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Green revolution was the government programme of agricultural modernisation, funded by international agencies to provide Indian farmers with the variety of tools to increase the production such as high-yielding variety (HYV) or hybrid seeds, pesticides, fertilisers, and other inputs. The green revolution was first introduced in the regions of Punjab, western U.P., coastal Andhra Pradesh, and parts of Tamil Nadu. It was introduced in these areas only because water was essential for irrigation for the new type of seeds and cultivation and it mainly focused on wheat and rice-growing areas. Green revolution made India self-sufficient in foodgrain production, but at the same time, sociologists came to know about the negative social effect that will worsen the environmental impacts.

The various social consequences of the Green Revolution were as follows:


• As the new technology came up, large and medium farmers benefitted the most. It is because large farmers had the money to buy expensive inputs which the small and marginal farmers couldn’t afford. There was an increase in subsistence agriculture as farmers were able to produce for themselves and for the market as well. They are usually termed as ‘peasants’. Farmers were able to take advantage of the green revolution and from the commercialization of agriculture as they were able to produce a surplus for the market.


• In the 1960s and 1970s, which was the first phase of the green revolution, there was the increasing inequality in rural society due to the introduction of the new technology. HYV seeds (green revolution seeds) were extremely profitable as it generated more produce. Large farmers who could afford to buy expensive tools, capital, seeds and fertilisers easily are able to increase their production and earn money. This led to the displacement of the tenant-cultivators as cultivation became more profitable landowners just took it back and started cultivating themselves. Social consequence of this factor was that rich farmers got better whereas poor and landless farmers’ condition deteriorated.


• In areas like Punjab and parts of Madhya Pradesh, new machinery introduced such as tillers, tractors, threshers, and harvesters. This caused the displacement of the service caste groups who used to do agriculture-related activities. This also led to rural-urban migration.


• Due to the green revolution, rich people grew richer whereas the poor grew poorer. But at the same time, for agricultural workers, as the demand for labour increased, employment and wages also increased. The economic condition for the rural workers worsened as there was a shift in the mode payment form kind (grain) to cash.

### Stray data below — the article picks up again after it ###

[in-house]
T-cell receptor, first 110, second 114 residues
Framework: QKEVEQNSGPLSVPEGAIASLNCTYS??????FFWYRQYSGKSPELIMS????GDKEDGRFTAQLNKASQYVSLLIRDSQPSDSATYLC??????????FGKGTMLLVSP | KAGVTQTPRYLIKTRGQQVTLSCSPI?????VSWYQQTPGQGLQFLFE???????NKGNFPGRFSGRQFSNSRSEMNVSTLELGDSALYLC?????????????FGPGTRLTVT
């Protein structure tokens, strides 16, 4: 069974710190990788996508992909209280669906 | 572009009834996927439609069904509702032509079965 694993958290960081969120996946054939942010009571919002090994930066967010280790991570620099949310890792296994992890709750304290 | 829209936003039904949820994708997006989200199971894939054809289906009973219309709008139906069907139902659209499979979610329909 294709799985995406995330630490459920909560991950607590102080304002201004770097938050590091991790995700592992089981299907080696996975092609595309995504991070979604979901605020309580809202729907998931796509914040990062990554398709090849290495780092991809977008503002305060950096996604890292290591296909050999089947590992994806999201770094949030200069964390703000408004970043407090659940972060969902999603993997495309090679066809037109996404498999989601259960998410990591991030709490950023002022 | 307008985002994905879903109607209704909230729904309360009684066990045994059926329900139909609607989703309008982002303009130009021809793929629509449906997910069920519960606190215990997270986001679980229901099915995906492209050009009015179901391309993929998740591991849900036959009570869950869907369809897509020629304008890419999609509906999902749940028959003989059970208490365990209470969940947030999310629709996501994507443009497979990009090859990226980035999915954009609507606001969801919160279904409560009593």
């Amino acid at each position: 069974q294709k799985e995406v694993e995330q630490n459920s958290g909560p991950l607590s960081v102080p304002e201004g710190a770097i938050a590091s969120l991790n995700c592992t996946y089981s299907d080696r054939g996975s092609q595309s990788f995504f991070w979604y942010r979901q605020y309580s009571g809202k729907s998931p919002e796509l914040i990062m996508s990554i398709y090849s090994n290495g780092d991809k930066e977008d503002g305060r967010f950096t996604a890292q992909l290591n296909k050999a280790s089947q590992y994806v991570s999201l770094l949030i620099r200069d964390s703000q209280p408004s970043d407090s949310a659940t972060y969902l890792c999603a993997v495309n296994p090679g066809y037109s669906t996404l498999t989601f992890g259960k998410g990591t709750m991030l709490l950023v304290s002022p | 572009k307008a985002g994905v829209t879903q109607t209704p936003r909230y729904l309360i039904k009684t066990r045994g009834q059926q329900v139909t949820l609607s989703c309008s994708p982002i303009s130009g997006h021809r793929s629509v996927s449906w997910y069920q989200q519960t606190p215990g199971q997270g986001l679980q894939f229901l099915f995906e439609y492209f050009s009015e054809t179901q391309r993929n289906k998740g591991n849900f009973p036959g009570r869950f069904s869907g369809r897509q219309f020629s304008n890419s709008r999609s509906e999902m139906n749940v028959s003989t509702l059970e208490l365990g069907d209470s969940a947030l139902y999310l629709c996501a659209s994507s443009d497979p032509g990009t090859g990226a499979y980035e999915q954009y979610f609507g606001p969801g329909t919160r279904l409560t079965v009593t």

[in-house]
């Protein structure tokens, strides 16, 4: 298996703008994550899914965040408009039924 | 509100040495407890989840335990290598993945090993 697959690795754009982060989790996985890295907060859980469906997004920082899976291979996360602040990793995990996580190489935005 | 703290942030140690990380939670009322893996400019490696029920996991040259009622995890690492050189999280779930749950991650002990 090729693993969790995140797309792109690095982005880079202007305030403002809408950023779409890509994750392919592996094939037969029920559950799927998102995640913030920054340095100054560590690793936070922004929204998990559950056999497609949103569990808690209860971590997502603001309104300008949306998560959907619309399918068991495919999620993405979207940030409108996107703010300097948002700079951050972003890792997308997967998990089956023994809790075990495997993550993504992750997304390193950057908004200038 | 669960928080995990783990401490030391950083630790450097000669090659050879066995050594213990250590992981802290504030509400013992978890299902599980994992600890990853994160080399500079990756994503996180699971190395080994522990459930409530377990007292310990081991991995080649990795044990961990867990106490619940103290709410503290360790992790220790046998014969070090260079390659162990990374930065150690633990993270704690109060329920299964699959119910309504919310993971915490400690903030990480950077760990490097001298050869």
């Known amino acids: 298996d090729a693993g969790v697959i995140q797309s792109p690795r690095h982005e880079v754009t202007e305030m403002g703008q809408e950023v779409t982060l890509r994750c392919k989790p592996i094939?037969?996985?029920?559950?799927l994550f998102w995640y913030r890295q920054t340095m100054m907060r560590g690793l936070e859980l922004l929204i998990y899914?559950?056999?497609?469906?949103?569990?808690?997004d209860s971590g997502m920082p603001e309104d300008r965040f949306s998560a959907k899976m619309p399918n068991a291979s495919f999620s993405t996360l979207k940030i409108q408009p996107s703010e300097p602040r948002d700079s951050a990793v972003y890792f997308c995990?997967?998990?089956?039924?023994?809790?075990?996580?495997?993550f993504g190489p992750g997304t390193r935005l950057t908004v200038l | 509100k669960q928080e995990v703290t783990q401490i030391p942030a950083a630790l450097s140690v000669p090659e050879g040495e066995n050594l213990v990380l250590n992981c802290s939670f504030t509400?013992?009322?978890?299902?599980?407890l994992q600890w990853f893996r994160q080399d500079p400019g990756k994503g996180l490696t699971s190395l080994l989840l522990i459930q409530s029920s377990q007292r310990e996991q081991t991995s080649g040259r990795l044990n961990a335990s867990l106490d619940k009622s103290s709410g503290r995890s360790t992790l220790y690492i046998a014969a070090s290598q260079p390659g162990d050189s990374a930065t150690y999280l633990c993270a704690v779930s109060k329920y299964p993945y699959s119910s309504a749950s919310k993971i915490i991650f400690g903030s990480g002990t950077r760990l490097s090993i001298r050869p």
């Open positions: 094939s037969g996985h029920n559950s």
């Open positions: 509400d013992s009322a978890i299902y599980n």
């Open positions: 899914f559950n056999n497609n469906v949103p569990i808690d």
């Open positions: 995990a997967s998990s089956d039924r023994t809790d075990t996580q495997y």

• The second phase of the green revolution was introduced in the dry and semi-arid regions of India. Following changes were brought in these regions - shift from dry to wet (irrigated) cultivation, changes in the cropping pattern, and in the type of crops grown. Increase in commercial agriculture and dependence on the market led to the increase in the livelihood insecurity and more dependence on the markets for income. Moreover, when the single crop is grown for the market its fall in prices or bad crop would ruin the financial condition of the farmers. Due to this, many farmers adopted a multi-crop system which reduced the risk that came from crop failure.


• Green revolution also led to the worsening of the regional inequalities. Some areas developed due to the technological transformation while others don’t. In the western and southern parts of the country, and in Punjab, Haryana, and western U.P, green revolution was encouraged and not in the eastern parts of the country. It is because of this we find, agriculture quite undeveloped in the states of Bihar, eastern U.P. and in Telangana.


• With time, nothing changed, as ‘feudal’ agrarian structure still existed. Lower castes, landless workers and small cultivators continued to rule by the landed castes and landlords who asserted their power on them. This only led to the rise in the various kinds of violence.


• It was suggested that ‘scientific’ farming methods lead to more production like the use of HYV seeds, but a number of scientists and farmers’ movements now think that the traditional method of farming like the use of organic seeds and different methods of cultivation was more beneficial to the environment and for the positive social impact.


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